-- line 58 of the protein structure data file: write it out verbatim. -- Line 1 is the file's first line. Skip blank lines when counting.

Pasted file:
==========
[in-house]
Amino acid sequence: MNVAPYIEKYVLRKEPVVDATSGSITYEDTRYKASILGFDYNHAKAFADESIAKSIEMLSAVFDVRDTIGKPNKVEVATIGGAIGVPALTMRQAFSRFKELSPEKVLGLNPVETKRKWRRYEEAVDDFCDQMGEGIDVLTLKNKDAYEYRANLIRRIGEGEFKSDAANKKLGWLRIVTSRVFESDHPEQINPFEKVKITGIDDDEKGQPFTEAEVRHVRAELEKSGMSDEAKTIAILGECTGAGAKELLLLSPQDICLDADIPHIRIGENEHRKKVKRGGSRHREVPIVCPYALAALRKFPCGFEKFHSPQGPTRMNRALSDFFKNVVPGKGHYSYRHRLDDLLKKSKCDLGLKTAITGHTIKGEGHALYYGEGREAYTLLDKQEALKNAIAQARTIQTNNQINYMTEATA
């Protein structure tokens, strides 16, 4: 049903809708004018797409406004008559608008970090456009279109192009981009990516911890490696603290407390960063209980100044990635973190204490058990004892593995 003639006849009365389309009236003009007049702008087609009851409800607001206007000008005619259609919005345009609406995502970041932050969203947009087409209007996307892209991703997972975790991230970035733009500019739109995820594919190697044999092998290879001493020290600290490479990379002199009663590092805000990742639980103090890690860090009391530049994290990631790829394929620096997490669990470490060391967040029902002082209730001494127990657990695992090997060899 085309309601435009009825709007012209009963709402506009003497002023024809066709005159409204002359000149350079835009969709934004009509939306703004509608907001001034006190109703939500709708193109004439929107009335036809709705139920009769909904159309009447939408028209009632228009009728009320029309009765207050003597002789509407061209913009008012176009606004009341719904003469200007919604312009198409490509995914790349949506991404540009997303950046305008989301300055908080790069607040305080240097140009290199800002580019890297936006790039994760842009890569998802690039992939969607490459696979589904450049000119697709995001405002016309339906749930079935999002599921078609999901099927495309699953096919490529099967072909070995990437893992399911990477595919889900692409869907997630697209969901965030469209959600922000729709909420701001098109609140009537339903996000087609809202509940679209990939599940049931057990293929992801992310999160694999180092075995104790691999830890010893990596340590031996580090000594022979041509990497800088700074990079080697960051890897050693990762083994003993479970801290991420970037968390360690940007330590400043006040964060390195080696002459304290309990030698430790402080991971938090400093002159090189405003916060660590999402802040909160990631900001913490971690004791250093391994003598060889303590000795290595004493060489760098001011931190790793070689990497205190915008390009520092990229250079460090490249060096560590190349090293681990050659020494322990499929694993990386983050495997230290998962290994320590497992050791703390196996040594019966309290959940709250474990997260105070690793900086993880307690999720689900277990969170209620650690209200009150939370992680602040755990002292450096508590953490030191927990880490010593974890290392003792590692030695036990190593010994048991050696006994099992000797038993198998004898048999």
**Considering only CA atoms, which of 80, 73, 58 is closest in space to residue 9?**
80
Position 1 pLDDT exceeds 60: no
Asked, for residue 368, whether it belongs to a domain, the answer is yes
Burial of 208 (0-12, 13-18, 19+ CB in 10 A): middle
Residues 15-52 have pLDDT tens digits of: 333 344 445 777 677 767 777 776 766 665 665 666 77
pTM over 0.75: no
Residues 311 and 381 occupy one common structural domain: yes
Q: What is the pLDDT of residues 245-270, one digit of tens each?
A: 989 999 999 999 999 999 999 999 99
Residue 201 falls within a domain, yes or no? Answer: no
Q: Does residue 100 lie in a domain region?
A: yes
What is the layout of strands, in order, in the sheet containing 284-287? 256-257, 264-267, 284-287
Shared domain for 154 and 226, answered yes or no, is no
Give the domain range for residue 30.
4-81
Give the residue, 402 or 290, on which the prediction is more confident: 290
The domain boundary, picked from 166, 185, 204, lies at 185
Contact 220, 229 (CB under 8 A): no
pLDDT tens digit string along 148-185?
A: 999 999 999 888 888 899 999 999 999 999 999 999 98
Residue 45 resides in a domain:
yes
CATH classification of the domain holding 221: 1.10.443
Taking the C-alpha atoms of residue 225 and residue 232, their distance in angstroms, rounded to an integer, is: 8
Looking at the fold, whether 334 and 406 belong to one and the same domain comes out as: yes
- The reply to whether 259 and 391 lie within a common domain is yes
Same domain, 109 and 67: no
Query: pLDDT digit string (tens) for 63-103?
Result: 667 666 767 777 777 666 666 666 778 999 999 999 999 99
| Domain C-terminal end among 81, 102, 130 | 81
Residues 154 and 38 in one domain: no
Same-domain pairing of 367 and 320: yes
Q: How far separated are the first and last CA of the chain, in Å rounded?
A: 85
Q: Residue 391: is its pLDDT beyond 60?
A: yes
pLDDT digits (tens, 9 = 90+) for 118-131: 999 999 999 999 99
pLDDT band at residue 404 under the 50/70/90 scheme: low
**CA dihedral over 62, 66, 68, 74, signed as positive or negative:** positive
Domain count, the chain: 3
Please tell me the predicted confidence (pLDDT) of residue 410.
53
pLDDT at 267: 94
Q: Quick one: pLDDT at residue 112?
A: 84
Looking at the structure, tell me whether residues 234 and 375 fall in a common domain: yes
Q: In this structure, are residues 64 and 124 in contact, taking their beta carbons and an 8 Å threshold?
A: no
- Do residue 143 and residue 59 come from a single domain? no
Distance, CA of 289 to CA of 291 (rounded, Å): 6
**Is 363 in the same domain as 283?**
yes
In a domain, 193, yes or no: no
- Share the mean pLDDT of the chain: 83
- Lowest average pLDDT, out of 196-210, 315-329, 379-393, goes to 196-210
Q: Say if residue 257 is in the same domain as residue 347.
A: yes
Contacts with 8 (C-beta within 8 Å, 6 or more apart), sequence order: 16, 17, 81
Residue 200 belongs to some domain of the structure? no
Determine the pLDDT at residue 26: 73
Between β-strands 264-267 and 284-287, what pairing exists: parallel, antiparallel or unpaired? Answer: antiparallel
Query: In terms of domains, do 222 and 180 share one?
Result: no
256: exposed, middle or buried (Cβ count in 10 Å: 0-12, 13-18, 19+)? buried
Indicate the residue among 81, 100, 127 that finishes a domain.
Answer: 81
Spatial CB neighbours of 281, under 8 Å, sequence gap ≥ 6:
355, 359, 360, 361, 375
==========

In a domain, 193, yes or no: no